September 27, 2019
Negotiation in Speaker Pelosi’s Drug-Pricing Proposal
The following is adapted from Christopher Holt’s oral testimony that he delivered yesterday afternoon to the House Education & Labor Committee’s HELP subcommittee. The hearing discussed Speaker Nancy Pelosi’s prescription drug proposal.
Speaker Pelosi’s prescription drug proposal, H.R. 3, aims to bring down drug costs across the U.S. health care system without harming innovation or creating barriers to access for patients. These goals are laudable. I do not believe, however, that the policies in H.R. 3 can achieve lower drug costs without negatively impacting the development of future cures and treatments.
Under this bill, the Secretary of Health and Human Services would negotiate directly with drug manufacturers over the price of specific pharmaceuticals and then make that price available to all third-party payers in the United States. The process that H.R. 3 would establish, however, cannot accurately be described as a negotiation. Instead this bill would import foreign governments’ price controls through an average international market price (AIM) price, based on the average volume-weighted sales price of the drug in six foreign markets. This AIM price, which U.S. policymakers would have no role in determining beyond selecting the countries to be referenced, would serve as the target price in negotiations and would be used to set both the maximum price that could be charged and a de facto floor price as well.
The negotiation would be limited to a range of not more than 120 percent of the AIM price, and in effect not less than 99 percent of the AIM price, as the Secretary would be required to accept any offer below the AIM price. Within that limited range, the manufacturer would have no leverage in the negotiation process. The Secretary would have carte blanche to require any proprietary data and details of the company’s business practice, with civil monetary penalties for noncompliance on the part of the manufacturers. Most important, the manufacturer would be required to reach an agreement or face a tax on gross revenue for the drug in question of up to 95 percent. Offering the choice between a lower price or excessive taxes cannot be described as a negotiation. Rather, it is government-dictated price controls. But because of the centrality of the AIM price to the process, the resulting price will not consider the therapeutic needs of U.S. patients, or their views on value. Policymakers in the United States ultimately will have little control over the prices of drugs or the determination of value.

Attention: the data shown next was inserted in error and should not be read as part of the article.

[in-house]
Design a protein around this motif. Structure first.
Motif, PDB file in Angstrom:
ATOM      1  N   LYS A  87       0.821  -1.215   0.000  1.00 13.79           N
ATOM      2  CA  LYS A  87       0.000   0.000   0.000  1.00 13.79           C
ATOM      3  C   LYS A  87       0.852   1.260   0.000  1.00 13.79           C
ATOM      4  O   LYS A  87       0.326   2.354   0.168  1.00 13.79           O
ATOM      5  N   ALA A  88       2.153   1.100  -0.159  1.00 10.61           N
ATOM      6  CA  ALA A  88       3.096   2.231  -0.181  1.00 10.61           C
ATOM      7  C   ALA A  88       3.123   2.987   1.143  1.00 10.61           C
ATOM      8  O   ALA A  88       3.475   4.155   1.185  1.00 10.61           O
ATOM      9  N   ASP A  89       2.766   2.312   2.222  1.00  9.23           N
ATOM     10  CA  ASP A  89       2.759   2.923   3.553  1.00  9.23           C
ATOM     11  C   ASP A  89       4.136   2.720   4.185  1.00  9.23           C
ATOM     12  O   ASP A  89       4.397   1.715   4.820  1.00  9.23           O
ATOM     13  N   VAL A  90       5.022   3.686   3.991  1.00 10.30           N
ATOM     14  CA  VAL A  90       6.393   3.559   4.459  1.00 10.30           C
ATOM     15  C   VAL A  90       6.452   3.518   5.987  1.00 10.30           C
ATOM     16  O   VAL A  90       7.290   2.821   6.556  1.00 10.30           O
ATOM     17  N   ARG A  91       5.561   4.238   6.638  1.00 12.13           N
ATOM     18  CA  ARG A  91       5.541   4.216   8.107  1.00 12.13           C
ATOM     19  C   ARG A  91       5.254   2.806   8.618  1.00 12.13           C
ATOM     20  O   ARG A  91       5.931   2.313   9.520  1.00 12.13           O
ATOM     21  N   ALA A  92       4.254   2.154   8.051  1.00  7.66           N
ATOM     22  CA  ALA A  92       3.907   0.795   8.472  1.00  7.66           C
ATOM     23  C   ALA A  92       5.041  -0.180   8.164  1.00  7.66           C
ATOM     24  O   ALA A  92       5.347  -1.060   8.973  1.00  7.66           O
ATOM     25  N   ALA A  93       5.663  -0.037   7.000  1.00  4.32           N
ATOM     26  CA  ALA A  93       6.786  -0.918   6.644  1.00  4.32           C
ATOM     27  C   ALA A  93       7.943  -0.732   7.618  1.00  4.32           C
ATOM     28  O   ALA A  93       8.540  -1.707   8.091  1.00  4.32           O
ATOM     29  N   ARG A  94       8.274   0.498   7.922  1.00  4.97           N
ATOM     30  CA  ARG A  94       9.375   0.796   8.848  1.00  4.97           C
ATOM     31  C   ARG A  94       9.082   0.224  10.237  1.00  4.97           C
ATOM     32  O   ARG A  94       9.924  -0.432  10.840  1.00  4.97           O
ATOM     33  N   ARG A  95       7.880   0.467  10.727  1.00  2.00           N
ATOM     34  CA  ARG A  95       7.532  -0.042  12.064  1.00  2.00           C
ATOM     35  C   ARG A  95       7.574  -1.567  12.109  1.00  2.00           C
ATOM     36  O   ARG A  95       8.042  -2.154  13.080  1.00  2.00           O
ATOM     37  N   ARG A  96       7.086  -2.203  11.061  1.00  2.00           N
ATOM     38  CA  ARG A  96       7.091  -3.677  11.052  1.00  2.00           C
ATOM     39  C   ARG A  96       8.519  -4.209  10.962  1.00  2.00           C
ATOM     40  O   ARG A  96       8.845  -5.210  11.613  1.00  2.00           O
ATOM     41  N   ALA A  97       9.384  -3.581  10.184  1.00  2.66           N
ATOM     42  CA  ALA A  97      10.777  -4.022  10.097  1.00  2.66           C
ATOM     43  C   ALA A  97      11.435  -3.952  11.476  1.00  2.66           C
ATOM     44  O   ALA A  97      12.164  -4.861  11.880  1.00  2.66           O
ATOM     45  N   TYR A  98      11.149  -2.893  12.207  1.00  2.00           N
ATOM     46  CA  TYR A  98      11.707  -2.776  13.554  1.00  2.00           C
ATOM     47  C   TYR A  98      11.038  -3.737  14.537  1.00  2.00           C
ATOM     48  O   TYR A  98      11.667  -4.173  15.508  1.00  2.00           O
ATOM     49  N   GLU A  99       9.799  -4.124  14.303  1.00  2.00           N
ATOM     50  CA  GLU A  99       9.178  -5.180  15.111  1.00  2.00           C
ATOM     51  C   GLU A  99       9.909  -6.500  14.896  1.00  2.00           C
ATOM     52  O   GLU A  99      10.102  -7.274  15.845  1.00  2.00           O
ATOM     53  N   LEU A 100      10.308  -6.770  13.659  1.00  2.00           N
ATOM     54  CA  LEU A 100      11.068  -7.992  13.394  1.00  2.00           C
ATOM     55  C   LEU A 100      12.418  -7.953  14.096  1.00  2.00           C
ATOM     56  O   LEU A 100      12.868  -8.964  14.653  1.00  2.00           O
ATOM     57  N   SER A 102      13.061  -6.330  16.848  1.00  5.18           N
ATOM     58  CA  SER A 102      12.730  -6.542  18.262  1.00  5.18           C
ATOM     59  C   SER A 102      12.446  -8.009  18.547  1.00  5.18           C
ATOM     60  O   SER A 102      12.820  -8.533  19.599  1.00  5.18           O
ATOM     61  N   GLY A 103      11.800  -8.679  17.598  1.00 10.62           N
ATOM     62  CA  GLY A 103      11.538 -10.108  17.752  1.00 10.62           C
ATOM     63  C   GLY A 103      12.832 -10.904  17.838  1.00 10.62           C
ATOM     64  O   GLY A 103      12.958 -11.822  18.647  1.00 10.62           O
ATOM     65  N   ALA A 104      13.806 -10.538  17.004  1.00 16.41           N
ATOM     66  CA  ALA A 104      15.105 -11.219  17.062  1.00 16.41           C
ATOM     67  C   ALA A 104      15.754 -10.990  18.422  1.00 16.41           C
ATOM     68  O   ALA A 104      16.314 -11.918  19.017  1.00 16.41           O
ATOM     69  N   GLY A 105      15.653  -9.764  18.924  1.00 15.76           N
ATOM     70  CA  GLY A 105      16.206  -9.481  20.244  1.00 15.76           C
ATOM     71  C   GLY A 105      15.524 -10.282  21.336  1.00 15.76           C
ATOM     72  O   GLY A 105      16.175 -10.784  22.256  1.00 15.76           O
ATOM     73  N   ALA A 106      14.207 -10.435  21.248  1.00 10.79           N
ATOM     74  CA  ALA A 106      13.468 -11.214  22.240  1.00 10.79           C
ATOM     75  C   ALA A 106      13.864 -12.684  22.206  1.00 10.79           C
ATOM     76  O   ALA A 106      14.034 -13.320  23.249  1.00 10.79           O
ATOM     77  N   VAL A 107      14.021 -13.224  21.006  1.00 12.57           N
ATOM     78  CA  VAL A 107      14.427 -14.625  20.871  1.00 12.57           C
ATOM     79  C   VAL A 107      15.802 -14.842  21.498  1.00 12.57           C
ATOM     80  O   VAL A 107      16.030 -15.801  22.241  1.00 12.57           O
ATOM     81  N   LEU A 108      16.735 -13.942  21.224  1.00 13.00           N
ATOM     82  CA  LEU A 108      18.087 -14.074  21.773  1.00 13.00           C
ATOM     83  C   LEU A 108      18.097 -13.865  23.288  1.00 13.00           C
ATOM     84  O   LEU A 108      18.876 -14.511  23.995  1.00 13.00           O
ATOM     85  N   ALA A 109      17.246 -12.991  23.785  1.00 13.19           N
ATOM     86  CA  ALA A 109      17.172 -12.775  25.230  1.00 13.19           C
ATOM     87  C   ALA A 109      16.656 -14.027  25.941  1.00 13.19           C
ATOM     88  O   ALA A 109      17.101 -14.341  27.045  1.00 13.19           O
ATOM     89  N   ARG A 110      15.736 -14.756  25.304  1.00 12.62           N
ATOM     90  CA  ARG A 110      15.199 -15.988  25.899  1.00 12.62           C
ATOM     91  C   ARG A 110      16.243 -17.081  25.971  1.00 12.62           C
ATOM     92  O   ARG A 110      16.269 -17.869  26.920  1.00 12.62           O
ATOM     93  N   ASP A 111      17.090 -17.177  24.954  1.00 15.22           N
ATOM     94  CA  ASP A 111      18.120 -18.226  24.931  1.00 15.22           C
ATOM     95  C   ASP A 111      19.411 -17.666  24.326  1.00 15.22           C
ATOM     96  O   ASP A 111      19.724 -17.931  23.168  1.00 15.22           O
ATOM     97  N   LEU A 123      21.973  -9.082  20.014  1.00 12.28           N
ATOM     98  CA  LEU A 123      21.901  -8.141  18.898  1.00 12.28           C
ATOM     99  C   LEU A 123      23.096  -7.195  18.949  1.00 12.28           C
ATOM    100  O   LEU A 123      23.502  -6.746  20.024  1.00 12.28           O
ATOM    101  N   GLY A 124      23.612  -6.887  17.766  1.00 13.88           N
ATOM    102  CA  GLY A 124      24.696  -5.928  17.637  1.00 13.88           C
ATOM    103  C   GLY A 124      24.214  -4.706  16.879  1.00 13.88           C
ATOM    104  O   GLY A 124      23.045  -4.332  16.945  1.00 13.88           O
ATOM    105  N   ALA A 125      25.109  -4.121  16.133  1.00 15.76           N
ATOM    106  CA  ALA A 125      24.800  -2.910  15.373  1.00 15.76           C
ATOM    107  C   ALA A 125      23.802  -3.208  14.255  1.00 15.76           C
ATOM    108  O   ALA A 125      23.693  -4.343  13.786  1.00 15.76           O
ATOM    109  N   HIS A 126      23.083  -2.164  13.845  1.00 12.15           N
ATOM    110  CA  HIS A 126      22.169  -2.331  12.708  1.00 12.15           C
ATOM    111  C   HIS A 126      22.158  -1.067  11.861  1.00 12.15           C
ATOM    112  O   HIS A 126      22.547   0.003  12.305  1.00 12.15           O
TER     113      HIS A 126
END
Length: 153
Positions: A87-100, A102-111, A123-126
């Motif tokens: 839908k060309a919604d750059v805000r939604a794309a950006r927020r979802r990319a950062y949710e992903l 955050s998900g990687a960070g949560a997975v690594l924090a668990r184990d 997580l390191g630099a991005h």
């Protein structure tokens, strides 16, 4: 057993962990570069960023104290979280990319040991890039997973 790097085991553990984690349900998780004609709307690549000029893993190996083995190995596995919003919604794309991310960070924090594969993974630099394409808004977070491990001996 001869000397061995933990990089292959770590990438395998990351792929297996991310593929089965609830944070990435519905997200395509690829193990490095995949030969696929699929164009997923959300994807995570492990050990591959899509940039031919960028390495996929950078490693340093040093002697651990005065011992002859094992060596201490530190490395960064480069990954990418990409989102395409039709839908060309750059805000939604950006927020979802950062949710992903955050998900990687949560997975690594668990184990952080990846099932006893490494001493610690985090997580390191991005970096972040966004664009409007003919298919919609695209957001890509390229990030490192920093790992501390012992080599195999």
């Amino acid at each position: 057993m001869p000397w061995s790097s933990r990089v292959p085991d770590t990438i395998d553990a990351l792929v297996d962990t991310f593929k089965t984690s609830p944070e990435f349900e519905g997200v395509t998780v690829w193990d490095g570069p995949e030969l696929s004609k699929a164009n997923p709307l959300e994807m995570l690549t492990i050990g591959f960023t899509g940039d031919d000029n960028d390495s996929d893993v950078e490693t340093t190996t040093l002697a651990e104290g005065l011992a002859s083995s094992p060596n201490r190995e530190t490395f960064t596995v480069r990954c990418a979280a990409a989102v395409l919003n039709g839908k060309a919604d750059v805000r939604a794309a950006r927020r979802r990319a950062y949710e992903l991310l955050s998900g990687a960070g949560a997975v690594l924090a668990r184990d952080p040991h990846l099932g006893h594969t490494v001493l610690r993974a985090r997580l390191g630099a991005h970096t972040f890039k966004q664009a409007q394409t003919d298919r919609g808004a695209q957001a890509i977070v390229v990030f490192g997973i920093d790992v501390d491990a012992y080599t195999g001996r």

The bill includes these heavy-handed provisions because the government has very limited leverage in a true negotiation. As I’ve detailed more extensively, the Congressional Budget Office has consistently found that the Secretary could not obtain lower prices in Medicare Part D through negotiation without eliminating plan choice for beneficiaries and impeding their access to medications.
In the face of rising demand and increasing prices for drugs, the only way to reduce prices without harming innovation or access is to increase supply and heighten competition. Unfortunately, the policies proposed in H.R. 3 would have the opposite effect. The process outlined in the Speaker’s bill appears likely to encompass nearly all branded drugs and biologics sold in the United States, at least eventually, and will certainly constrict the flow of capital to pharmaceutical companies. The result will be a decreased capacity for future research and development.
Andrew Strohman, Health Care Data Analyst
A September 12th poll from the Kaiser Family Foundation found that 53 percent of Americans are in favor of Medicare for All, the latest in a series of polls showing relatively stable support for the policy since June 2017. The results of such polls, however, vary significantly based on the wording of the question and the information given by the interviewers. When asked questions such as “Are you in favor of Medicare-for-all?” or given information such as “Medicare-for-all would guarantee health insurance as a right,” the interviewees indicate very high approval of such policies. But when interviewees are told that Medicare for All would “require most Americans to pay more in taxes” or “replace private insurance,” favorability drops precipitously. The fact that the framing introduces variability calls for considering how to ensure internal validity in these public opinion polls.
From Team Health
Competing Proposals to Reform Medicare Part D – Tara O’Neill Hayes, Deputy Director of Health Care Policy
Both the Senate Finance Committee and Speaker Pelosi have proposed reforming Medicare Part D in line with AAF’s proposal, although stakeholder liability differs in each.
Testimony on The Lower Drug Costs Now Act (H.R. 3) – Christopher Holt, Director of Health Care Policy
The government negotiation proposed in this bill cannot fairly be called negotiation, and the only way to reduce prices with rising demand is to encourage more competition.
Worth a Look
Modern Healthcare: CMS finalizes hospital antibiotic stewardship requirements
New York Times: How Anti-Vaccine Sentiment Took Hold in the United States